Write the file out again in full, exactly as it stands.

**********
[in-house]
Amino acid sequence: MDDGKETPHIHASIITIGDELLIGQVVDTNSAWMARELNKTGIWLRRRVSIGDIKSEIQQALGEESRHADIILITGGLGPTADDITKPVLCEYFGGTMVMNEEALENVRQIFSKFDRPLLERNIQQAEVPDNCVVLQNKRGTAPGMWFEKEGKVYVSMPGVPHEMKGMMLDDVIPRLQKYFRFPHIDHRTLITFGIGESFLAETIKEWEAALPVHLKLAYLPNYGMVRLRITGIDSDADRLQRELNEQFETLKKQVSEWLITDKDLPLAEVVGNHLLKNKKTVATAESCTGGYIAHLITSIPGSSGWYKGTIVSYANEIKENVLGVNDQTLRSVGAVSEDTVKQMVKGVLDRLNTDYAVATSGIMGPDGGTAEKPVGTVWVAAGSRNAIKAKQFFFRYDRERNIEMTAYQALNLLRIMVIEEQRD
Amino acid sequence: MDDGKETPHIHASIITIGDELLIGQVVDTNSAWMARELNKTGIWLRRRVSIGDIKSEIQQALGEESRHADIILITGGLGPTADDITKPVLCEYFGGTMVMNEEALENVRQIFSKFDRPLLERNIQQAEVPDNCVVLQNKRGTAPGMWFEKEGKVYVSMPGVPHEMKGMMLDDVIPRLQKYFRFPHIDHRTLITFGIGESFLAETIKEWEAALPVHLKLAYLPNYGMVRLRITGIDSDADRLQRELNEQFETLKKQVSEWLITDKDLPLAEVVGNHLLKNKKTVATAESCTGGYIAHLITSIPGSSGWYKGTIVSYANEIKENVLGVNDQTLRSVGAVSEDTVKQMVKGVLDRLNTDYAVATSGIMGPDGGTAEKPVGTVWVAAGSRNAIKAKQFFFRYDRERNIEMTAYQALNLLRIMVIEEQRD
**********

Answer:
[in-house]
Amino acid sequence: MDDGKETPHIHASIITIGDELLIGQVVDTNSAWMARELNKTGIWLRRRVSIGDIKSEIQQALGEESRHADIILITGGLGPTADDITKPVLCEYFGGTMVMNEEALENVRQIFSKFDRPLLERNIQQAEVPDNCVVLQNKRGTAPGMWFEKEGKVYVSMPGVPHEMKGMMLDDVIPRLQKYFRFPHIDHRTLITFGIGESFLAETIKEWEAALPVHLKLAYLPNYGMVRLRITGIDSDADRLQRELNEQFETLKKQVSEWLITDKDLPLAEVVGNHLLKNKKTVATAESCTGGYIAHLITSIPGSSGWYKGTIVSYANEIKENVLGVNDQTLRSVGAVSEDTVKQMVKGVLDRLNTDYAVATSGIMGPDGGTAEKPVGTVWVAAGSRNAIKAKQFFFRYDRERNIEMTAYQALNLLRIMVIEEQRD
Amino acid sequence: MDDGKETPHIHASIITIGDELLIGQVVDTNSAWMARELNKTGIWLRRRVSIGDIKSEIQQALGEESRHADIILITGGLGPTADDITKPVLCEYFGGTMVMNEEALENVRQIFSKFDRPLLERNIQQAEVPDNCVVLQNKRGTAPGMWFEKEGKVYVSMPGVPHEMKGMMLDDVIPRLQKYFRFPHIDHRTLITFGIGESFLAETIKEWEAALPVHLKLAYLPNYGMVRLRITGIDSDADRLQRELNEQFETLKKQVSEWLITDKDLPLAEVVGNHLLKNKKTVATAESCTGGYIAHLITSIPGSSGWYKGTIVSYANEIKENVLGVNDQTLRSVGAVSEDTVKQMVKGVLDRLNTDYAVATSGIMGPDGGTAEKPVGTVWVAAGSRNAIKAKQFFFRYDRERNIEMTAYQALNLLRIMVIEEQRD